Is the success to a crowdfunding campaign just down to foot fall?

My good friends James Collie and Leilani Holmes’ crowdfuning campaign for their documentary, A Very British Cult, ends today – click here I asked if they could share one insight they have had during their campaign. It’s sounds simple, but the solution is anything but!

I’ve only done a couple of crowdfunding drives so far, but my top tip for making a success of them is not only having an interesting campaign with a range perks that are both fun and useful to people, but to then drive traffic to the indiegogo page so that people can see them and choose to back them.

Getting people to part with their money, their actual cash that they worked for, is a process. Advertisers know this, and that’s why they spend millions on elaborate campaigns to capture the imagination and clearly direct people to where they can spend. The balance when crowd funding is to find that interest and frequency without becoming a complete bore or getting the begging bowl out.

In truth, I know from personal experience what a rewarding process it is to be a backer of independent film projects and how much in terms of experiential value you get as well as the cool perks that turn up in both the virtual and actual mail boxes. But in order to select good campaigns I have to get interested in them in the first place. And when asking people to get involved I want it to be great for them too, that it’s something they do for themselves to give themselves a fun film related experience that will add value to their lives. That’s why we spend money right? For the good things. I like to think of it as a magazine subscription.

Traffic comes mainly from social media and from the Indiegogo site – using the share tools is important to raise the profile of the campaign. The frequency of interesting tweets with links to the page is also vital.

The way it seems to work is that it takes people seeing tweets quite a few times before they get interested enough to click the link and see if it’s for them, then they may need to think about it so they will need to see the campaign again to remind them they were interested and to get them to click, to watch the pitch, to see if there are perks they want… and finally to part with money that they worked hard to earn.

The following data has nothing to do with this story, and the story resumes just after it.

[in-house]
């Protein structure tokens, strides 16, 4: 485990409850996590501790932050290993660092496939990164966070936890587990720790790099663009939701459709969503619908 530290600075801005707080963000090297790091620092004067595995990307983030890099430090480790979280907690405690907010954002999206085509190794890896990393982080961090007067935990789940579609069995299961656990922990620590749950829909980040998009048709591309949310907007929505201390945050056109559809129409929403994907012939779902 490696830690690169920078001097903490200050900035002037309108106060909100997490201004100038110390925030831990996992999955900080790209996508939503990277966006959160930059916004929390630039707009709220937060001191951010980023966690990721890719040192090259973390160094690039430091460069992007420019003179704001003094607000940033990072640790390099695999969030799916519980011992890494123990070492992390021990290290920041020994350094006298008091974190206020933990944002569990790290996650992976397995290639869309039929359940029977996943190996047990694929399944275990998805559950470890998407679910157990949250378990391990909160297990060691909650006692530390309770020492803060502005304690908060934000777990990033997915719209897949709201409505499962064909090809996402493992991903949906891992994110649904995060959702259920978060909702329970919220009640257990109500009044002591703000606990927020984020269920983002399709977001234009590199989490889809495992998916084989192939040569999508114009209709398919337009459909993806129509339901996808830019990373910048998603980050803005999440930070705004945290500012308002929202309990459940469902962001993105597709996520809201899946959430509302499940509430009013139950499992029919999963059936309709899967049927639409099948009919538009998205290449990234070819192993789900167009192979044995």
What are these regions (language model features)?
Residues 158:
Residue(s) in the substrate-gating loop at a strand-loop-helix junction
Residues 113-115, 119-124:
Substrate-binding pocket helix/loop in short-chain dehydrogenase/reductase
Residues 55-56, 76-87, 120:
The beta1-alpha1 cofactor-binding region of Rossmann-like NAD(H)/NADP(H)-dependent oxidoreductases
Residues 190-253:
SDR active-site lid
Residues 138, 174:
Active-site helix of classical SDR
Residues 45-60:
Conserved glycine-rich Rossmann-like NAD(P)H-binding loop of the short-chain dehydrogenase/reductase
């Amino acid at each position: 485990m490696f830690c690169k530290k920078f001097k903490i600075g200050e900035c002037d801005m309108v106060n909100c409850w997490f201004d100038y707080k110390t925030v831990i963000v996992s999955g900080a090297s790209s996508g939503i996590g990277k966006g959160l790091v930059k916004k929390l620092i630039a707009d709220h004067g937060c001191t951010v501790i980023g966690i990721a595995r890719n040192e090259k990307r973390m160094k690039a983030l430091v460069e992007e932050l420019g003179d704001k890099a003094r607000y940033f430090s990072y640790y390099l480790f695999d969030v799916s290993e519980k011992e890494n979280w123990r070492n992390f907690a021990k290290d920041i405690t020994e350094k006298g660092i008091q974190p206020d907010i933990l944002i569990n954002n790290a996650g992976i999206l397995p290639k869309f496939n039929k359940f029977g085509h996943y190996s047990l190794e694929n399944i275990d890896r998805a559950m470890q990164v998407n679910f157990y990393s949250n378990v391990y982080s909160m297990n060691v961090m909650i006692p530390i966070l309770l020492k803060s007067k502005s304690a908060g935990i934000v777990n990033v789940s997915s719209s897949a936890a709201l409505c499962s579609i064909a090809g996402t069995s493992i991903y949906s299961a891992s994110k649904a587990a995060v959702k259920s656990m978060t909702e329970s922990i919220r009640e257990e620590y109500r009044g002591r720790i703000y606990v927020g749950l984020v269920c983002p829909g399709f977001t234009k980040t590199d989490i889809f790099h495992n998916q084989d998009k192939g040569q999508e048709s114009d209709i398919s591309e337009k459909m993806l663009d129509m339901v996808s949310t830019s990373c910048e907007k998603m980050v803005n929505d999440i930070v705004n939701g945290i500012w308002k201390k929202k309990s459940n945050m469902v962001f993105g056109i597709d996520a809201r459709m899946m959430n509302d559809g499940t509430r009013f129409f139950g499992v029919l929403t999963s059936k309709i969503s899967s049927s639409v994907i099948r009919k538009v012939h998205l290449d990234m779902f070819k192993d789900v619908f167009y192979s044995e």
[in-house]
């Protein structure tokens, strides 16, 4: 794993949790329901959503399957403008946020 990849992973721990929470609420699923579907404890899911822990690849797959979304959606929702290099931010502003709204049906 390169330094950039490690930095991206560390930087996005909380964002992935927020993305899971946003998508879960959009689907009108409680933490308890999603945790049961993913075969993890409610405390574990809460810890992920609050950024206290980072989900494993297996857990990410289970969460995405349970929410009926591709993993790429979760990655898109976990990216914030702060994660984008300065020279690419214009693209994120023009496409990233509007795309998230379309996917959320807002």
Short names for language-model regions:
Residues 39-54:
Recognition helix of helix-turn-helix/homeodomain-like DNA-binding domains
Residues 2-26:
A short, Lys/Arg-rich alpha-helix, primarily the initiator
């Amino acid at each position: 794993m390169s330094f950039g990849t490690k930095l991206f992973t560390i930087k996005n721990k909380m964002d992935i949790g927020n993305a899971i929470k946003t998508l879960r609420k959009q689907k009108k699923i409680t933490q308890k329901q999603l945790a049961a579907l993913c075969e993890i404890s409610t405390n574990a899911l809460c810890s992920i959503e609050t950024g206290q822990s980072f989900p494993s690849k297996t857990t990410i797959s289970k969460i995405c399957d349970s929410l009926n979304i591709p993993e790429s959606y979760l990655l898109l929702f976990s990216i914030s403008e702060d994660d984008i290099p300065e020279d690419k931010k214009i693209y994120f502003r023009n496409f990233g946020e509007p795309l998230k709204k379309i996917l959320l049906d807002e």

There’s lots of competition for that money so the process of backing a film needs to be rewarding even before people put their money into it.

You need to reward people for looking with a good pitch video, with other things they can see and experience so they know what the process of being a backer of this film will be like.

Then it’s a numbers game in getting the information out there in a way that people find too interesting to just ignore in a fast running tweet stream. The more people working to share a campaign and input into it the better, and the more backers you have, the more people share and get behind the campaign.

Backing also comes from the circles you’ve built, so your backers become your advocates, and it can spread from there. If your circle trusts you they will spread your campaign into their circle and you’ll reach new people.

In terms of success, that balance of traffic and trust without being tiresome is what crowdfunding is all about.

Leilani Holmes

Thanks Leilani – and a reminder, Leilani was one of the first Gone Fishing backers, way back when crowdfunding didn’t even exist!

Onwards and upwards

Chris Jones, Film Maker and Author


One Response to Is the success to a crowdfunding campaign just down to foot fall?

  1. Scriptpunk March 2, 2012 at 10:11 am #

    Some really excellent points here.

    From this, and what David Reynolds said before #GFilm, I’d hazard a guess that the planning of the marketing and communications around the crowd funding campaign is longer and more important than the the money month itself.

    Knowing your key “selling” points but also researching and understanding what your audience is going to react to in terms of perks seems to me to be the foundation to this.

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